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Significant supply expansion for EO industry

Paris: 163 satellites (>50kg) were launched for civil and commercial Earth observation (excluding meteorology) over 2006-2015, said Euroconsult Managing Director Adam Keith. According to the 9th edition of Euroconsult’s report, Satellite-Based Earth Observation: Market Prospects to 2025, which will be released soon these satellites were launched for entities in 35 countries and generated $18.4 billion in manufacturing market revenues. Most of these satellites were launched by government operators to support policy objectives spanning climate change, sustainable development and industrial support. In addition, EO remains the primary application for emerging space programs; growing funding into these programs is a key driver for overall investment growth. In 2015 civil government investment topped $10 billion for the first time.

“The EO industry is going through a significant supply increase. Over the next decade, 419 satellites are expected to be launched generating $35.5 billion in manufacturing revenues,” said Adam Keith. “Significant growth in the number of commercial satellites launched in constellation is expected. When the number of satellites <50kg (such as the Planet and Spire constellations) are added, the number of supply solutions expands even further. As supply will increase faster than the demand for commercial data and services, some price pressure is expected to result. As well, operators will need to better differentiate themselves in the market place as to the capabilities of their respective systems.”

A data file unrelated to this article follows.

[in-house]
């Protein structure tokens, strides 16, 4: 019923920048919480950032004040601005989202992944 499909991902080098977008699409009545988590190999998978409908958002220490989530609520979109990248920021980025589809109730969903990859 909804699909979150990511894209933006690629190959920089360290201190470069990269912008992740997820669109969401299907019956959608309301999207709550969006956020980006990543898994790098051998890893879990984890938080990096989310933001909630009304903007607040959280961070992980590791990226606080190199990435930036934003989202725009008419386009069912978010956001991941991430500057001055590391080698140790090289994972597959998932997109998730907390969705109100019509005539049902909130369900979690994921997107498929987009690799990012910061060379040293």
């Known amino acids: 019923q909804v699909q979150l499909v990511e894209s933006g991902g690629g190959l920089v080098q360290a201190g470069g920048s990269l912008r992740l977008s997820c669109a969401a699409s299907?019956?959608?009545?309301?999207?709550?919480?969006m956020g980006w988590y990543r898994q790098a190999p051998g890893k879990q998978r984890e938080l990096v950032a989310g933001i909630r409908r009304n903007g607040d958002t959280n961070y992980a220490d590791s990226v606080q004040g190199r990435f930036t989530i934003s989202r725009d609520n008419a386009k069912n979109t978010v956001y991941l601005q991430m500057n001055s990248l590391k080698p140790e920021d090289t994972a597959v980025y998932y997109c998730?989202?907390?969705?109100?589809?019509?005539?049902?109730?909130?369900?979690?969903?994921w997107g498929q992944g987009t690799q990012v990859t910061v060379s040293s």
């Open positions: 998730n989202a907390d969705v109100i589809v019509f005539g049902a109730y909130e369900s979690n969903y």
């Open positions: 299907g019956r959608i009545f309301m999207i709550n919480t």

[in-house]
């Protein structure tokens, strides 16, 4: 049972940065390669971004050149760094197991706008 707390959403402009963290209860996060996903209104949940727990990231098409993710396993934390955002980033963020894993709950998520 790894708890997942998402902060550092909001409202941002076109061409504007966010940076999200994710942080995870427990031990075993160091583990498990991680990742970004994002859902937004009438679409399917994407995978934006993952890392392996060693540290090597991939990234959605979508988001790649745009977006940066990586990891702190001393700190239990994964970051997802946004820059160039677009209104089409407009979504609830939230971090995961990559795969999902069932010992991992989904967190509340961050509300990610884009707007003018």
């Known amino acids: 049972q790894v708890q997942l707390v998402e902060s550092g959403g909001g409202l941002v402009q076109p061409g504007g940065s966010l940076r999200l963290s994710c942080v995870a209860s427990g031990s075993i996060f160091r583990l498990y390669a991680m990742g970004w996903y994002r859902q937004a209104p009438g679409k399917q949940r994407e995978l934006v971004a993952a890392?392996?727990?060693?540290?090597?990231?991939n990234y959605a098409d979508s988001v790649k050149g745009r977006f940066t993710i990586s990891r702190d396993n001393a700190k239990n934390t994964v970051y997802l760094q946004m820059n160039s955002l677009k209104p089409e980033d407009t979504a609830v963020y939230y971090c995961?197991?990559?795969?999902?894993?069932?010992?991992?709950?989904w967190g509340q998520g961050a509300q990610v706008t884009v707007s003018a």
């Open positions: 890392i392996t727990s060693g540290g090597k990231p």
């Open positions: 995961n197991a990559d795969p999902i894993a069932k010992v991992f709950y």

The value-added services market reached $3.2 billion in 2015, and is growing at a faster rate than the data market alone (11% 5-year CAGR). Key markets for value-adding services do not mirror those for commercial data sales. Defense, while representing 61% of the commercial data market, represents only 15% of the VAS market; conversely, infrastructure projects (such as cartography, cadaster, etc.) is only 10% of the commercial data market, but 33% of the value-added market. The reasoning for this is relatively straightforward; defense end-users purchase data with much value-added analytics performed in-house. On the other hand, lower-cost, coarser resolution and geolocation accuracy data can be leveraged with value-adding to form higher value products and services. This approach is expected in emerging location-based applications – the focus of upcoming satellite constellations. While the data may be lower-cost, it will be able to build applications based on high frequency change detection with the focus on the product or service delivery over purely data sales.